At the recent Melbourne International Flower and Garden Show, where garden designers from around Australia present inspiring display gardens to the public, it was a garden of native plants that was stopping visitors in their tracks.
The garden was the work of landscape designer Phillip Johnson to mark the Gallipoli Centenary. He presented a slice of the Australian bush complete with a creek and paths, which led to a field of remembrance – a green grassy space speared with knitted and crocheted red poppies.
The show garden design was inspired by the contents of a letter written in World War One from the trenches. In 1915 Phillip’s great grandfather wrote in a letter home about dreaming of walking along the banks of Reedy Creek in Melbourne and enjoying the sights, sounds and scents of the Australian bush only to wake and find himself in the horror of the war. Through his design Phillip captured the beauty of the Australian bush in a garden situation but also provided an insight into the thoughts of Australian Diggers.
This idea of a garden inspired by a bushland experience is one of the new ways native plants are used in modern Australian gardens.
In days gone by one of the driving reasons for growing Australian natives was to have a low-maintenance, easy-care garden. Often these gardens failed to meet expectations. When native plants are grown in a garden setting, they require maintenance such as pruning and watering. Left unmaintained they became overgrown and unattractive.
Today the reasons for growing an all-Australian native garden can be many and varied. Like Phillip Johnson, gardeners may want to create a bush experience or they may be wanting to have a sustainable garden, be waterwise, attract birds and insects, grow local or endangered species, or to have a garden that’s in tune with its surroundings. Given the vastness of Australia, there are also native plants to suit a huge range of soil and climatic conditions.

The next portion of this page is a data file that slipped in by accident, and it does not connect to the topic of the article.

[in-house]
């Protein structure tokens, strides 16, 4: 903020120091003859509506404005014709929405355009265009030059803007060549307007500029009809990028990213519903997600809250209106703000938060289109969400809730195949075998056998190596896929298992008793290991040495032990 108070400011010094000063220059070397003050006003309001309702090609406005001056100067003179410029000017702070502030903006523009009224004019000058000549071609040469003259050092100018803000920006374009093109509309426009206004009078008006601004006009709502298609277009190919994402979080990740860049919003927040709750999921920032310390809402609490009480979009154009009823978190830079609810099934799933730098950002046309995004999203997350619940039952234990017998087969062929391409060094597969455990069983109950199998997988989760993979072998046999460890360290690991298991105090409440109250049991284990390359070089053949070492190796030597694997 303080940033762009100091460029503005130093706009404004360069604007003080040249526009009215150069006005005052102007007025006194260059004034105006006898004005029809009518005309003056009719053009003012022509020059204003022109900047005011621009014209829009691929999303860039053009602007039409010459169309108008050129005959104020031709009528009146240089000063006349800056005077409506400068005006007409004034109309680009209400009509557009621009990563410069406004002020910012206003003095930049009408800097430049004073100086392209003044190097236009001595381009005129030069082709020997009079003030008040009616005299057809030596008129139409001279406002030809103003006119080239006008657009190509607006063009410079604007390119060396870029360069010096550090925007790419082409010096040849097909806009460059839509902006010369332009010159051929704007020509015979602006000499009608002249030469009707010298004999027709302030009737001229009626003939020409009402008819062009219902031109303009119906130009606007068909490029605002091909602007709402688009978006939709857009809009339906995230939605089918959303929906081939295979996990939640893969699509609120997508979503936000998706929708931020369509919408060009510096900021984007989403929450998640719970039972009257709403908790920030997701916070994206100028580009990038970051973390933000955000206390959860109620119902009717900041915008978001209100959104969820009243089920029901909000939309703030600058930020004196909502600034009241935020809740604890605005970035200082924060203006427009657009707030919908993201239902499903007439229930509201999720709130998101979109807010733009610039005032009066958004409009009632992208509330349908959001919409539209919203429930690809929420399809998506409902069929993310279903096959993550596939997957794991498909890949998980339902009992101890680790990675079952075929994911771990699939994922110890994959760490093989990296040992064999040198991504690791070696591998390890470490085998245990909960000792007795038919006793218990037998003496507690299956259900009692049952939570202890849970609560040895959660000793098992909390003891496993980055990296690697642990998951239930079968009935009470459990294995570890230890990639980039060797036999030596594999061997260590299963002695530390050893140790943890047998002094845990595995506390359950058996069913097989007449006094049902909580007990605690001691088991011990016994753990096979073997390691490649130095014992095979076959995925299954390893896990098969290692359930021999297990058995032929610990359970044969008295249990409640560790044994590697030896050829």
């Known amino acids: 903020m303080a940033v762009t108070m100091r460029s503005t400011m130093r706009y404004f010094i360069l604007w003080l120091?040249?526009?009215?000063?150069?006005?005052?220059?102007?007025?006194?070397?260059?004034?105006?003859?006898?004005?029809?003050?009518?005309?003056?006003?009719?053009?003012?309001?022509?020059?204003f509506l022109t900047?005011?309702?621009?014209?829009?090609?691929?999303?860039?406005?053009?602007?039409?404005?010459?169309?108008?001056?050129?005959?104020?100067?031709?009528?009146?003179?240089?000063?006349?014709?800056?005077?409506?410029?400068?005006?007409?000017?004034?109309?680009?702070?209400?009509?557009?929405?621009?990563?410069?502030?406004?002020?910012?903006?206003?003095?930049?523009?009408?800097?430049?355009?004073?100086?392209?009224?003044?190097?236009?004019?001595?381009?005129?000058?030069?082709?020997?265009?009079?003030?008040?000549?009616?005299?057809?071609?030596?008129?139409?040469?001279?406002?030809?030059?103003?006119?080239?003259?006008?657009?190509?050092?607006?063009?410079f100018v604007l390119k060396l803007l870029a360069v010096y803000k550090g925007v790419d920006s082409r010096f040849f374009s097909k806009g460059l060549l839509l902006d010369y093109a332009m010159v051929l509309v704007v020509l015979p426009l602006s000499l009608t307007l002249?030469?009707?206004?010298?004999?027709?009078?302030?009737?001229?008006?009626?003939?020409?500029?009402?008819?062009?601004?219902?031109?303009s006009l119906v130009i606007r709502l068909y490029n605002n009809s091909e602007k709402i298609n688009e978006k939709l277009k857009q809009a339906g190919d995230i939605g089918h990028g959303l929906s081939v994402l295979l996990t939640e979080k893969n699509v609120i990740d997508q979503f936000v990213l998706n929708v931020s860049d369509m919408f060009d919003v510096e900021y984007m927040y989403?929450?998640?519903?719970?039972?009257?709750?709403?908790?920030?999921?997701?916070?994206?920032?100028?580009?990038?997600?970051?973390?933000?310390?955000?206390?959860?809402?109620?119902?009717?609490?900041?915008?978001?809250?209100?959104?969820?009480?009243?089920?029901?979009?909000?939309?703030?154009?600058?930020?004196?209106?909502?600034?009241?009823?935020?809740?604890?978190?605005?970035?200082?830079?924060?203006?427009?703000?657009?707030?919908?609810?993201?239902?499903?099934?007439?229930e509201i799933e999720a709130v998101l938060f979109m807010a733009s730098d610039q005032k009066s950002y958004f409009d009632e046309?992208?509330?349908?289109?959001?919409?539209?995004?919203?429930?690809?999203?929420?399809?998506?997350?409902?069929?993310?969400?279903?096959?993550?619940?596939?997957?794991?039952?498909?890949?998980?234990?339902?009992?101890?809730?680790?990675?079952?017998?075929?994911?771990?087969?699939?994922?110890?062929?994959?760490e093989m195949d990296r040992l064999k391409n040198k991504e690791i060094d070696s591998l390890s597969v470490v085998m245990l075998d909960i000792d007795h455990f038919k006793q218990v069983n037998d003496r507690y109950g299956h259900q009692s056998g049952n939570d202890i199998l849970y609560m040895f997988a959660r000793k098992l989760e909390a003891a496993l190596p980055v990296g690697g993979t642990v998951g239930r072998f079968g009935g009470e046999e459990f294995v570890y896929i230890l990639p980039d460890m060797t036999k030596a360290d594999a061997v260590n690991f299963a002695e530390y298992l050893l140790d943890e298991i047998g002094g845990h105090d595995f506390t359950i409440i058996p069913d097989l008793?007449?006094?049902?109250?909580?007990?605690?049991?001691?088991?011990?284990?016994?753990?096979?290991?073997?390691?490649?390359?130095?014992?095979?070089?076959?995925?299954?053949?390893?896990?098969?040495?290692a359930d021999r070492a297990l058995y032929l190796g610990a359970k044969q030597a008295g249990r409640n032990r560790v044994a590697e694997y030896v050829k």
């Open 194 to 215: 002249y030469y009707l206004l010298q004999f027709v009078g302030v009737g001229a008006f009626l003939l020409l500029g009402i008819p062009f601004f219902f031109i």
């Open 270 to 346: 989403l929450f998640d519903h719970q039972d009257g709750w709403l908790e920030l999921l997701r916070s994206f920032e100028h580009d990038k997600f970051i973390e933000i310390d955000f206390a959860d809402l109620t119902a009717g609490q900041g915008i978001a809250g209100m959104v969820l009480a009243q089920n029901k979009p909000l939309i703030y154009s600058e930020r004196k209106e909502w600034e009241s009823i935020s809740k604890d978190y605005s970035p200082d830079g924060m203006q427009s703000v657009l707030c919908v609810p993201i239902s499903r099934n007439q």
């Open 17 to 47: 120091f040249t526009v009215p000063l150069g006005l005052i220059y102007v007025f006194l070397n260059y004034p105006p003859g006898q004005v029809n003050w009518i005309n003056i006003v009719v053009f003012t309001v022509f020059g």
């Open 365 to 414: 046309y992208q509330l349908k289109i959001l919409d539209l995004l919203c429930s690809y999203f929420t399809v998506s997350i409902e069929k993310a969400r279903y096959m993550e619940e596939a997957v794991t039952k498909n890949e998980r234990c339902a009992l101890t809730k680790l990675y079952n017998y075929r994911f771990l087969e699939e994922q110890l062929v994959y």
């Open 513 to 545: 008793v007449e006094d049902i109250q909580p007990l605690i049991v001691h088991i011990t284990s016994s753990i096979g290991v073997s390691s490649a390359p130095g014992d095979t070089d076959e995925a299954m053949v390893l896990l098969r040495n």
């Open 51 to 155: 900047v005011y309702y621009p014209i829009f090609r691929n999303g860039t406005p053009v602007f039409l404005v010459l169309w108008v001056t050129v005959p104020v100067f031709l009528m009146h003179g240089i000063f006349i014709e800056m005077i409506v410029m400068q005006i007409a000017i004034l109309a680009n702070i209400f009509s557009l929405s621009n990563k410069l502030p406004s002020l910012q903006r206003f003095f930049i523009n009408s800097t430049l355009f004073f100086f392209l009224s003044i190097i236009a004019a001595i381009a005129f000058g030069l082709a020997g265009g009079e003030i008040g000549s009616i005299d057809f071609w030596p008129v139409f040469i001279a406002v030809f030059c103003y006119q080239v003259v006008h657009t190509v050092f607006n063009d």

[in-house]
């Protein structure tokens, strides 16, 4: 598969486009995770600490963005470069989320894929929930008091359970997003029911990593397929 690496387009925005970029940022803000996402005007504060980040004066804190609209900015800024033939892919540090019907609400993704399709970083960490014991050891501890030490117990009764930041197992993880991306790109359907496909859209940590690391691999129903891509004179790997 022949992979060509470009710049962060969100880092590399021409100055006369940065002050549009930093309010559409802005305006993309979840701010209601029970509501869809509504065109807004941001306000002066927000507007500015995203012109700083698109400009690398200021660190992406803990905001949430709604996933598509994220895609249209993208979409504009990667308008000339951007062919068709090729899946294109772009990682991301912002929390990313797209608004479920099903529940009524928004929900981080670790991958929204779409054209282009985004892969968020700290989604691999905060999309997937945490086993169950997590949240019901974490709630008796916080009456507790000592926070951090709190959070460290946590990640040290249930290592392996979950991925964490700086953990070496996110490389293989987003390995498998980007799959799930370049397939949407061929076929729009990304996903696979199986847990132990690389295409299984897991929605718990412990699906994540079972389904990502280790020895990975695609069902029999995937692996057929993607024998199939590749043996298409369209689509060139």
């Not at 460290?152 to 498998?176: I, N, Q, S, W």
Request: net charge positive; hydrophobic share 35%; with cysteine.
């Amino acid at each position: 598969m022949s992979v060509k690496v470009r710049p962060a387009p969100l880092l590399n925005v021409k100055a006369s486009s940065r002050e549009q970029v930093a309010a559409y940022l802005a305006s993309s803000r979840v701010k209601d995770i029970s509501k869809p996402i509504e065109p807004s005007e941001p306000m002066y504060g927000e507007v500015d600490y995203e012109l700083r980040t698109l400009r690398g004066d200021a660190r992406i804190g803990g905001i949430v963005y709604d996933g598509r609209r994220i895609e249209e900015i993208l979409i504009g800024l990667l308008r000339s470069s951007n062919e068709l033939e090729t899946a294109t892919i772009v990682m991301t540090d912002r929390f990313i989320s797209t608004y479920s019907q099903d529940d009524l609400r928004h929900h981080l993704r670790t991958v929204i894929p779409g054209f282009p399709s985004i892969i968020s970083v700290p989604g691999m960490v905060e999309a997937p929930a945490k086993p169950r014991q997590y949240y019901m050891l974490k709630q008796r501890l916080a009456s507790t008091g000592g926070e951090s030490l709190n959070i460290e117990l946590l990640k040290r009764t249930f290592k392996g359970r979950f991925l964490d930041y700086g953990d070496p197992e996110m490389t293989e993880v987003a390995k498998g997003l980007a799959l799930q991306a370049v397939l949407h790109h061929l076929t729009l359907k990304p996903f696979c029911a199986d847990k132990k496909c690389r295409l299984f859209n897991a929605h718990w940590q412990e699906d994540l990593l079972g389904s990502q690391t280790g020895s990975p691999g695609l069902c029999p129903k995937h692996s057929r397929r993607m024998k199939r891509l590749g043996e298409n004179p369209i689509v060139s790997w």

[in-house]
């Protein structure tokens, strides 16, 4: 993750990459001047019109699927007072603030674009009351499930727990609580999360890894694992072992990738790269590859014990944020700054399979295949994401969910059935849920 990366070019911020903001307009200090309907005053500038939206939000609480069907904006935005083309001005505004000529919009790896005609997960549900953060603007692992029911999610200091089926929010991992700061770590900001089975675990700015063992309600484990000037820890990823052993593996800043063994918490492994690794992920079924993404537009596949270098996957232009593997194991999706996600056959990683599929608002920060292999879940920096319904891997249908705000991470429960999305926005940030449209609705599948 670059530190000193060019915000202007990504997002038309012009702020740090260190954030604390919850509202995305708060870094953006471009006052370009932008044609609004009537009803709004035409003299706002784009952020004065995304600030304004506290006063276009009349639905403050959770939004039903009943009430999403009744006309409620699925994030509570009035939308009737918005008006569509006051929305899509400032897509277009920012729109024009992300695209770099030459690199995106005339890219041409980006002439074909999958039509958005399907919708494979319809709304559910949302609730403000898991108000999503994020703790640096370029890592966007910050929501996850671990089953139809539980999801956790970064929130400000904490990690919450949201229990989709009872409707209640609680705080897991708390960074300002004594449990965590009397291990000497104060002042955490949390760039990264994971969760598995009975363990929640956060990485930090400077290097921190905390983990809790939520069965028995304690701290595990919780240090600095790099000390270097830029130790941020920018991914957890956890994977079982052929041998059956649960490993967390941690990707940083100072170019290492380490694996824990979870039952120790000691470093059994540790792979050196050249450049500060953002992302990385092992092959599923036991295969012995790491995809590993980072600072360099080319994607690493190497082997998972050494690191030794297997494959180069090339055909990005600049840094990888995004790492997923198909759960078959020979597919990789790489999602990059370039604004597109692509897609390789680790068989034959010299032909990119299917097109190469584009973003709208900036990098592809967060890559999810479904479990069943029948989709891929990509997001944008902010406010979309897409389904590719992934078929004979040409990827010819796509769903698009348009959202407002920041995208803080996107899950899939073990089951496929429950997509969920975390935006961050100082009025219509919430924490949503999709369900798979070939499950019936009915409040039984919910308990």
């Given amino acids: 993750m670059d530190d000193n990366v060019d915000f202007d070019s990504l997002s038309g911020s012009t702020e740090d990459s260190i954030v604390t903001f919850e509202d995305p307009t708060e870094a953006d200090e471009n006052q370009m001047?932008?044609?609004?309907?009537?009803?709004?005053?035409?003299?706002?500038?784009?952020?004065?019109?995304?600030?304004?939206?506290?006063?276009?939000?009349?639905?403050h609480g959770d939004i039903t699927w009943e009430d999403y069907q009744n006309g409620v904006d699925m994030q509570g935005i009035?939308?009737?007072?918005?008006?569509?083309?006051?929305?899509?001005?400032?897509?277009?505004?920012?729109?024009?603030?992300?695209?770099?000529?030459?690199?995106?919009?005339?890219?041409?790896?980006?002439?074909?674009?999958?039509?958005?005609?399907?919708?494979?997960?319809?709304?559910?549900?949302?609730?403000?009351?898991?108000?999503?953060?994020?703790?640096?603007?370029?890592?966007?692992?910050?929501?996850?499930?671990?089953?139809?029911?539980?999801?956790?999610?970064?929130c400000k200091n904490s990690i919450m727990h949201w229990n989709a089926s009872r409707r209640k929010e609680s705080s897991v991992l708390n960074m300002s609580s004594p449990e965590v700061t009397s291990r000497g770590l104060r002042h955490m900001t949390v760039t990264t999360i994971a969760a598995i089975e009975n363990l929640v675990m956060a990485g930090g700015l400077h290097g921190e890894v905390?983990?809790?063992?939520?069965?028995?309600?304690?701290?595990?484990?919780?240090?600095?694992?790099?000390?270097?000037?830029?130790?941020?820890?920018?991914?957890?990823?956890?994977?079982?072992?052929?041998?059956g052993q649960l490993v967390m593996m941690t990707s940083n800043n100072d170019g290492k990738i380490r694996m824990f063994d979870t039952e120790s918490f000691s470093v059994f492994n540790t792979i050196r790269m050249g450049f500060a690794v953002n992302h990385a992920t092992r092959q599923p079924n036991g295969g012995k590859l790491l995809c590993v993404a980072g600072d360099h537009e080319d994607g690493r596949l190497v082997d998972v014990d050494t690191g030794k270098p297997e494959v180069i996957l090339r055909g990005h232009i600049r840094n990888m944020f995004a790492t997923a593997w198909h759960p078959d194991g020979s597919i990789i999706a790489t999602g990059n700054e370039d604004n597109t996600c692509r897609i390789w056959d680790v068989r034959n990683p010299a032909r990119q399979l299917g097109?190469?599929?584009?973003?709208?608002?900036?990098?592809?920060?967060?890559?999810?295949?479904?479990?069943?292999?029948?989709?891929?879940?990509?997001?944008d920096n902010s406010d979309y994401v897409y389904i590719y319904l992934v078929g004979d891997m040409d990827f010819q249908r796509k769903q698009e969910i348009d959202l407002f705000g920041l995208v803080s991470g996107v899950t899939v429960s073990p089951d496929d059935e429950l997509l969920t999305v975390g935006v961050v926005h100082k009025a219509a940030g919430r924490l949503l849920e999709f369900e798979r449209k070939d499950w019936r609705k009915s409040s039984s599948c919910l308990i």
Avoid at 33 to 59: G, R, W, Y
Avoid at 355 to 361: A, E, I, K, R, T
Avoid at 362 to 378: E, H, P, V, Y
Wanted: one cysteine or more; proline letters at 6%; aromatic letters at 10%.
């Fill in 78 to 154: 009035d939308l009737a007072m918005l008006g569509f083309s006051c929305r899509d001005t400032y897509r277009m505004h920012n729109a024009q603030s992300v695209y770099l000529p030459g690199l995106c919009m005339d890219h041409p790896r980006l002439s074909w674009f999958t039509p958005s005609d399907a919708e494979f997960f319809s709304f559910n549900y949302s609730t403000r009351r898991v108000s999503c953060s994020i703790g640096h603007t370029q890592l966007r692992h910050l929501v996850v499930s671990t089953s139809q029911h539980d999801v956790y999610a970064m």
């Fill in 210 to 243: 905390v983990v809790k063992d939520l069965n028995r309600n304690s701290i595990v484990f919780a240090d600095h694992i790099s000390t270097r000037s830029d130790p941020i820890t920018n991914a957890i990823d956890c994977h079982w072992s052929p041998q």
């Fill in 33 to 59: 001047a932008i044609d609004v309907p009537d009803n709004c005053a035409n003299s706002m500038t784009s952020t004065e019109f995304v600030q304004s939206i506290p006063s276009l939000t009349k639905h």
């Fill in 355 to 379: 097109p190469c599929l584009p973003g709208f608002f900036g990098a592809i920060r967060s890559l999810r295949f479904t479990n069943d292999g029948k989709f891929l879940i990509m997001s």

In the past decade native plants that are more suited to our 21st century garden environments have been developed. These new generation native plants may be more compact than the original native species, have longer flowering, larger flowers or more interesting foliage. Many are also more tolerant of a wider range of soil conditions and are disease resistant.
Naturally compact or small-growing native plants fulfill many niches in modern gardens and are beginning to be more low maintenance than ever before. They can be used as hedges or screens, grown in containers or massed into easy-care beds.
Some of these new-generation natives include named varieties of lilly pillies (Acmena and Syzygium species), correa, westringia, lomandra and dianella among many others.
As well as having access to more reliable native plants, gardeners also have a wealth of materials to help them to grow such as fertilisers and potting mixes designed with the special needs of native plants in mind.
Melbourne International Flower and Garden Show is an annual event held in autumn in Melbourne. For more information see www.melbflowershow.com.au.
Photo: Lomandra Tanika, Phormium 'Yellow Wave', Cordyline Torbay Dazzler, Phormium Guardsman, Phormium 'Creme Delight', Doryanthes var., Phormium 'Black Rage'